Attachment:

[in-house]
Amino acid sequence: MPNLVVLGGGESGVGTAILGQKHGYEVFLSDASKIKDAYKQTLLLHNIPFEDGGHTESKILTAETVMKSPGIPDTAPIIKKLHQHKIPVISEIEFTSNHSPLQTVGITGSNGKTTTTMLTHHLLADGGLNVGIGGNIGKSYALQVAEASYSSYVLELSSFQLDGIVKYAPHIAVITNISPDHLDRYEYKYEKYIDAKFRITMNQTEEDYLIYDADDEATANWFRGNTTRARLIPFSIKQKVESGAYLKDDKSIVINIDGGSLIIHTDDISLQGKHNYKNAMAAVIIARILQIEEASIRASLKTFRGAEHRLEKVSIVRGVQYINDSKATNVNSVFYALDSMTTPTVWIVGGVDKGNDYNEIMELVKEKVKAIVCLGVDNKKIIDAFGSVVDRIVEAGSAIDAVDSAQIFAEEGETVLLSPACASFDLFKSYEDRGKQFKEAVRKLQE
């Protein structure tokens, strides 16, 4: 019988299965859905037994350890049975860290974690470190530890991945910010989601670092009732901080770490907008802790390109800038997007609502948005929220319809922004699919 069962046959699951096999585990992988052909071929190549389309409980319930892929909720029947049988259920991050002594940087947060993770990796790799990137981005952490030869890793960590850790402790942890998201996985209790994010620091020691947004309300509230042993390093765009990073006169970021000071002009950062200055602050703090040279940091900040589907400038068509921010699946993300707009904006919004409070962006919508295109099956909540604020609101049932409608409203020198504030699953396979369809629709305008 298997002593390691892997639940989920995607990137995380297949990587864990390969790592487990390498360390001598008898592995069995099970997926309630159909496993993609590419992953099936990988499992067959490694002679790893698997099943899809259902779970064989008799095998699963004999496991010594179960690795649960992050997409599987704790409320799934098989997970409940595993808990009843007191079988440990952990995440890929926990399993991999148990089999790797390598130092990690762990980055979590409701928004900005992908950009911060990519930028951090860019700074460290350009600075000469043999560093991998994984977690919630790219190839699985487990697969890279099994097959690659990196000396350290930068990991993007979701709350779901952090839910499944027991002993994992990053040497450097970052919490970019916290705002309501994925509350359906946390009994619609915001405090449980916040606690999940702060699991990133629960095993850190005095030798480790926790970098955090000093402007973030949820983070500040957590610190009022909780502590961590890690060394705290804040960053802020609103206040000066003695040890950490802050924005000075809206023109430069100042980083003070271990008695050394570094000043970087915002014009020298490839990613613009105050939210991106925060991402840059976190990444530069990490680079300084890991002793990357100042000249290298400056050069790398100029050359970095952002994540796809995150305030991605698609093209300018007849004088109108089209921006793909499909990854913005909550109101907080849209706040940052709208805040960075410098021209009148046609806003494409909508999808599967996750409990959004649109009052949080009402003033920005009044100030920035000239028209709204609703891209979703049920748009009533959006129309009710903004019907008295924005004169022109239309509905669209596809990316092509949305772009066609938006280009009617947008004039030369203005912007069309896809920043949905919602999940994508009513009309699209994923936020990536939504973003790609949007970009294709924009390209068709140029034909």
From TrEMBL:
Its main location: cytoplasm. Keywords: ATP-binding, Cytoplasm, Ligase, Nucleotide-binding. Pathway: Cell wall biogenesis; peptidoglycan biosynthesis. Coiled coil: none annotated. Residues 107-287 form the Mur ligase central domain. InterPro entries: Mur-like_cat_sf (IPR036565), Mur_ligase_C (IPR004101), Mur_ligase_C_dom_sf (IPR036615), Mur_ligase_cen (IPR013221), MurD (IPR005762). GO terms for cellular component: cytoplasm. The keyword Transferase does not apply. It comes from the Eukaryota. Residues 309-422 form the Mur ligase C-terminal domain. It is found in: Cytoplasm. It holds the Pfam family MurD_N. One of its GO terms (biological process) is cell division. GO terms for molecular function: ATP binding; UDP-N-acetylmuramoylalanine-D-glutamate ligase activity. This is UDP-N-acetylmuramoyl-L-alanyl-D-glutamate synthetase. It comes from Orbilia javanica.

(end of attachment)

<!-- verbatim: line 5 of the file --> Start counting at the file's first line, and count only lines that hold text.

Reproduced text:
Its main location: cytoplasm. Keywords: ATP-binding, Cytoplasm, Ligase, Nucleotide-binding. Pathway: Cell wall biogenesis; peptidoglycan biosynthesis. Coiled coil: none annotated. Residues 107-287 form the Mur ligase central domain. InterPro entries: Mur-like_cat_sf (IPR036565), Mur_ligase_C (IPR004101), Mur_ligase_C_dom_sf (IPR036615), Mur_ligase_cen (IPR013221), MurD (IPR005762). GO terms for cellular component: cytoplasm. The keyword Transferase does not apply. It comes from the Eukaryota. Residues 309-422 form the Mur ligase C-terminal domain. It is found in: Cytoplasm. It holds the Pfam family MurD_N. One of its GO terms (biological process) is cell division. GO terms for molecular function: ATP binding; UDP-N-acetylmuramoylalanine-D-glutamate ligase activity. This is UDP-N-acetylmuramoyl-L-alanyl-D-glutamate synthetase. It comes from Orbilia javanica.